Merrimack weighs say after a deal
MERRIMACK - Without a voice on the company board, Merrimack officials fear they're drowning in Pennichuck waters.
Town leaders, who want a dedicated seat on the company's board of directors, were the only dissenters at last week's public hearing on Nashua's purchase of the private water company.
At the meeting, they shared fears that because the company's board would be appointed and overseen by the Nashua Board of Aldermen, it would look out for the Gate City's interests over those of Merrimack and other surrounding towns. But they found little support, and now that the $157 million deal stands on the verge of approval, town officials are left to consider their options.
Pennichuck officials are hopeful the state Public Utilities Commission, which held Tuesday's regulatory hearing, will rule on the matter by the end of November.
"Our big concern is our ability to have a seat at the table," said Finlay Rothhaus, chairman of the Merrimack Town Council, said Thursday.
"There's a concern, and I believe it's a legitimate concern, that if the preponderance of directors are from Nashua, they're going to look out for Nashua and not the other towns," he said, echoing his sentiments from Tuesday's hearing. "We're hopeful the (utilities commission) will hear what we're trying to say."
The roots of Merrimack's concerns lie on 400 acres of vacant industrial lots in the town's south end.
These properties, which make up a large portion of the town's industrial lands, fall within a zone franchised by Pennichuck, which means the company owns exclusive rights to the area's water service.
Town officials fear that when prospective companies consider moving to the area, the Pennichuck board and the Nashua aldermen, who hold the utility's borrowing authority, will favor Nashua properties over those in Merrimack.
"Which project are they going to go for? ... There's a competing interest now," said Merrimack Councilor Dan Dwyer, who also attended Tuesday's hearing. "They're not doing anything wrong, but it's self-interest in the city of Nashua. ... That's what they're there for."
Few other entities involved in the deal, however, share Merrimack's concerns.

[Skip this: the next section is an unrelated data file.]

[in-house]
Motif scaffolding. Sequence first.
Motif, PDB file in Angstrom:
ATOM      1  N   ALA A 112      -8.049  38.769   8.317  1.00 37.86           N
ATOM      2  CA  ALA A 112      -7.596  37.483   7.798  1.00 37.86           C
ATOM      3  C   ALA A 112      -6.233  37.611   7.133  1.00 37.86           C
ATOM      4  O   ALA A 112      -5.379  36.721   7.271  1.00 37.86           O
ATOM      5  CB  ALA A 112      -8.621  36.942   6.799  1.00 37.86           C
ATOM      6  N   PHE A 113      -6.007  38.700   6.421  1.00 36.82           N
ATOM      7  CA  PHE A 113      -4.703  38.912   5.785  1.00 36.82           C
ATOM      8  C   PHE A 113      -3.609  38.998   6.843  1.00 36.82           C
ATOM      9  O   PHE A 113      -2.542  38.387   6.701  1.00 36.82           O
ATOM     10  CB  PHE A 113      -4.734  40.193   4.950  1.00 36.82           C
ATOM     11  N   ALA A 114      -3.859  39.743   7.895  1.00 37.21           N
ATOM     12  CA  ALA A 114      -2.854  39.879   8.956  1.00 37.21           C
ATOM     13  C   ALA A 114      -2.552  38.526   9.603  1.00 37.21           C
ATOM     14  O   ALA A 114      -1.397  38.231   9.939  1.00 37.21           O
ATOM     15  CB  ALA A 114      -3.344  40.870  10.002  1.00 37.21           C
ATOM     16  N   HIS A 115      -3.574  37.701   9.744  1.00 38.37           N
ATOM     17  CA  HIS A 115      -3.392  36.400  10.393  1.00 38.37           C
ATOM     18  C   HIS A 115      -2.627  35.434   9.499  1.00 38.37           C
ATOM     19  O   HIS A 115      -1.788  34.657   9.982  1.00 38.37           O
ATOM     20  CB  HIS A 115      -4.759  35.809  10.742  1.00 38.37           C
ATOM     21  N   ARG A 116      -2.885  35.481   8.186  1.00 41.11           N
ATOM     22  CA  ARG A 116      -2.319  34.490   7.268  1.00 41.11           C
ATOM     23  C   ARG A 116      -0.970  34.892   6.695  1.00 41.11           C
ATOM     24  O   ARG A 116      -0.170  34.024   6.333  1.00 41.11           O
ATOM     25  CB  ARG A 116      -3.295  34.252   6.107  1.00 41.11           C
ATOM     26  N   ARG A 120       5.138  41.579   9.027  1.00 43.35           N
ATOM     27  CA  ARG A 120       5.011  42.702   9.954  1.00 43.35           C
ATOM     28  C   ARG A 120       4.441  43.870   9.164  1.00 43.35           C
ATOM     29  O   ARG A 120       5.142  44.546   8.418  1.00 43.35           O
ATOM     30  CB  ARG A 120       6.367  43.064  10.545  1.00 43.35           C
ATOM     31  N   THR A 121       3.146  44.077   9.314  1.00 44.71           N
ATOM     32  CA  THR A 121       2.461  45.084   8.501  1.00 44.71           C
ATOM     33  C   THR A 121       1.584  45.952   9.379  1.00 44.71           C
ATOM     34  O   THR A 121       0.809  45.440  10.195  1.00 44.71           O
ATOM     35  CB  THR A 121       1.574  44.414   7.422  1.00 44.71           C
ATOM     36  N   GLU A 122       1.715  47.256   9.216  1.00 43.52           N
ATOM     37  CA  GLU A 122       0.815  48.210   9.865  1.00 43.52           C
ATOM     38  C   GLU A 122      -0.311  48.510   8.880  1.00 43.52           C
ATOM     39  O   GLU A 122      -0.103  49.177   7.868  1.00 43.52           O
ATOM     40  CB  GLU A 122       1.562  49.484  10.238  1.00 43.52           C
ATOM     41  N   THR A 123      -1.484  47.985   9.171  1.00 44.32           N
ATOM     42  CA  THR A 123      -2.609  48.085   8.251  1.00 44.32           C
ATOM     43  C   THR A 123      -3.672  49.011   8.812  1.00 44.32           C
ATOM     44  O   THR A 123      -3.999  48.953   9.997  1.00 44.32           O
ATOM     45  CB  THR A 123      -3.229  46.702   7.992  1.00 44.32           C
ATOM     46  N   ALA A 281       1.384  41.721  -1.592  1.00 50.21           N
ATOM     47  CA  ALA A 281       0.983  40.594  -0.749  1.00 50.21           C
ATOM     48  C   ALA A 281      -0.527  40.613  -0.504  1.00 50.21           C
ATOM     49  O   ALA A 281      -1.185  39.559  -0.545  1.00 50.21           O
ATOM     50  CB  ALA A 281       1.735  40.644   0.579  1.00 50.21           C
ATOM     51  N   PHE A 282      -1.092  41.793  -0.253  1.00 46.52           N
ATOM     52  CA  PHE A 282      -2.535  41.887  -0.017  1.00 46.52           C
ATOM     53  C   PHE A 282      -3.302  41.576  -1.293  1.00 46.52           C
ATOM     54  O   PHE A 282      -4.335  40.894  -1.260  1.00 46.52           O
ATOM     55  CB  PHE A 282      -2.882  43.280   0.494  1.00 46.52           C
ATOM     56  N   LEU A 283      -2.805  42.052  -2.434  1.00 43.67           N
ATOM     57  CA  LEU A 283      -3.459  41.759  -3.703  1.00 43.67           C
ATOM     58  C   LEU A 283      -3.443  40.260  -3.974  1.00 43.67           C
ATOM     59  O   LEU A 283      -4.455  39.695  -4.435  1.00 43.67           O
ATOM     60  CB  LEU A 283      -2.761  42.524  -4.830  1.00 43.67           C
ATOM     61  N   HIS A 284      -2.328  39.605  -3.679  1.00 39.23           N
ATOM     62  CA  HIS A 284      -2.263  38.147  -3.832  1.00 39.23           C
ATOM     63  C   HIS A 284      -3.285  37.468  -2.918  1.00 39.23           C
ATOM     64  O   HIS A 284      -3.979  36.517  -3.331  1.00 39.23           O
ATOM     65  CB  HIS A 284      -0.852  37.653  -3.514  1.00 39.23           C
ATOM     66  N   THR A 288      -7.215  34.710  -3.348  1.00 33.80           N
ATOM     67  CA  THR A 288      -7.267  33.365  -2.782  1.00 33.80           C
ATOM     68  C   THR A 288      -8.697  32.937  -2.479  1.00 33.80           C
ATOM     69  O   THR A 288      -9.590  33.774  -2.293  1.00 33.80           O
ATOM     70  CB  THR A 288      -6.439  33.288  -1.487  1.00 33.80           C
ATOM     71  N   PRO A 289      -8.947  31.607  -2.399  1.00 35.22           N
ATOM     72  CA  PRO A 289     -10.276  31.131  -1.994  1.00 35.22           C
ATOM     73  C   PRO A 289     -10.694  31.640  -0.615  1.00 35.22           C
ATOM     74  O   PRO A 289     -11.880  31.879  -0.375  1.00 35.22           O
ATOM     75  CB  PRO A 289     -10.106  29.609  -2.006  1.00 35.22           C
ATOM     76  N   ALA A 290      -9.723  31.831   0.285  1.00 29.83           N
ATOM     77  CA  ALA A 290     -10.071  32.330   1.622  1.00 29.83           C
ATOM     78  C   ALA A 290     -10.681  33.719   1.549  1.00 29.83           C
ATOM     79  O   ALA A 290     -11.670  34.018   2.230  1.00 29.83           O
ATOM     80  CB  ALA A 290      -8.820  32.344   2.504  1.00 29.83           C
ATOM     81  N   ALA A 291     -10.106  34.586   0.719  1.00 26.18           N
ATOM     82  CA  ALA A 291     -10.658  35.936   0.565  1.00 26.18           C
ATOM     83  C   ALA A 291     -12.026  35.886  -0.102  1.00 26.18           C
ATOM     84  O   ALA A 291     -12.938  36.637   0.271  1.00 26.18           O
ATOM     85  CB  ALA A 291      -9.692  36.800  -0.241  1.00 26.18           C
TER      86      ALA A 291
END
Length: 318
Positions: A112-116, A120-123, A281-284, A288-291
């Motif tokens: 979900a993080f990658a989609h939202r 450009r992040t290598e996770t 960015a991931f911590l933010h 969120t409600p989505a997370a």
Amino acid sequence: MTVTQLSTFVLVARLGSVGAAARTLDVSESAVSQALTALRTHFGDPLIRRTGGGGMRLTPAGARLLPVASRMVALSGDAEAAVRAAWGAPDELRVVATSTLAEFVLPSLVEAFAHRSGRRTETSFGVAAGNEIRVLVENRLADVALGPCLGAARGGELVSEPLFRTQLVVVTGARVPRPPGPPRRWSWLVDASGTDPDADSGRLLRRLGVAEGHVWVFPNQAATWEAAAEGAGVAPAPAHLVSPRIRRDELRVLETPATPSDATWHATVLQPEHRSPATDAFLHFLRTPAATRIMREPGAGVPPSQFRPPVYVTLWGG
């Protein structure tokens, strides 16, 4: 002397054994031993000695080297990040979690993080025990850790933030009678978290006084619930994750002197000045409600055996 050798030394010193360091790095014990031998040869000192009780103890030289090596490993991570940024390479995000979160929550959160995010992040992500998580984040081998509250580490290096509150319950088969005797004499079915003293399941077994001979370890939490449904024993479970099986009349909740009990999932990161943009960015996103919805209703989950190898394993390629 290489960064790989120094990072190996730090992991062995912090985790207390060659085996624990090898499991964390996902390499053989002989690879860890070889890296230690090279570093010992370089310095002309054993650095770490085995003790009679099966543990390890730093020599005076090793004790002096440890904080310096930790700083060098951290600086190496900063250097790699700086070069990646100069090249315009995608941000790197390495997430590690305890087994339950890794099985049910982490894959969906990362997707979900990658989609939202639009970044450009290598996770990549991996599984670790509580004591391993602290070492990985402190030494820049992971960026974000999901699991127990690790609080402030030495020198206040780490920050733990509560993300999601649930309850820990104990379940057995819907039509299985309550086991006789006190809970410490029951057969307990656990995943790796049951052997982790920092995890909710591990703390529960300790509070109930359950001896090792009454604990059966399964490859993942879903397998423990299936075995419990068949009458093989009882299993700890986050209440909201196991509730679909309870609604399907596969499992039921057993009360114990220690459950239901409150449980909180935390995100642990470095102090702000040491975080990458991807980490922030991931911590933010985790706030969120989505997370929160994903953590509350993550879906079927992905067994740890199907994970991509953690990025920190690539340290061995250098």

The Merrimack Valley Regional Water District, which represents Nashua, Amherst, Litchfield and other towns - but not Merrimack, by the town's own decision - holds a seat on the Pennichuck board, which gives those communities a sufficient voice, according to Brian McCarthy, chairman of the Merrimack Valley board. McCarthy also serves as a Nashua alderman.
Merrimack opted not to take part in the water district when it formed in 2004, citing fears that board would be dominated by Nashua.
Nashua Mayor Donnalee Lozeau, who has long championed the city purchase, argues that the 12-member Pennichuck board will look out for the interests of the company and the ratepayers, not those of a specific city or town.
"On the board, you're not representing the town you come from," she said Tuesday, in her testimony at the state PUC hearing. "You are there as a board of directors member who has fiduciary responsibility of what's best for the company."
If the Public Utilities Commission approves the acquisition, Merrimack has a number of options, town officials said.
They could appeal the commission's ruling, filing a motion for rehearing, according to attorney Edmund Boutin, of Londonderry, who represents Merrimack in the Pennichuck matter. "I'm not saying they're going to do that, but it's an option," Boutin said.
Or the town could request to join the Merrimack Valley water district, which holds a seat on the Pennichuck board.
"The district would be happy to talk to them," said McCarthy, chairman of the water district board.
Nevertheless, the town's hopes lie solely in the hands of the utility commissioners, according Dwyer, the Merrimack town councilor. And those hopes are quickly fading, he said.
"This decision has been made," Dwyer said. "My crystal ball sees the aldermen, they're either going to approve a bond that has Nashua ties or a bond that has Merrimack ties. You tell me who they're going to pick."
Jake Berry can be reached at 594-6402 or firstname.lastname@example.org.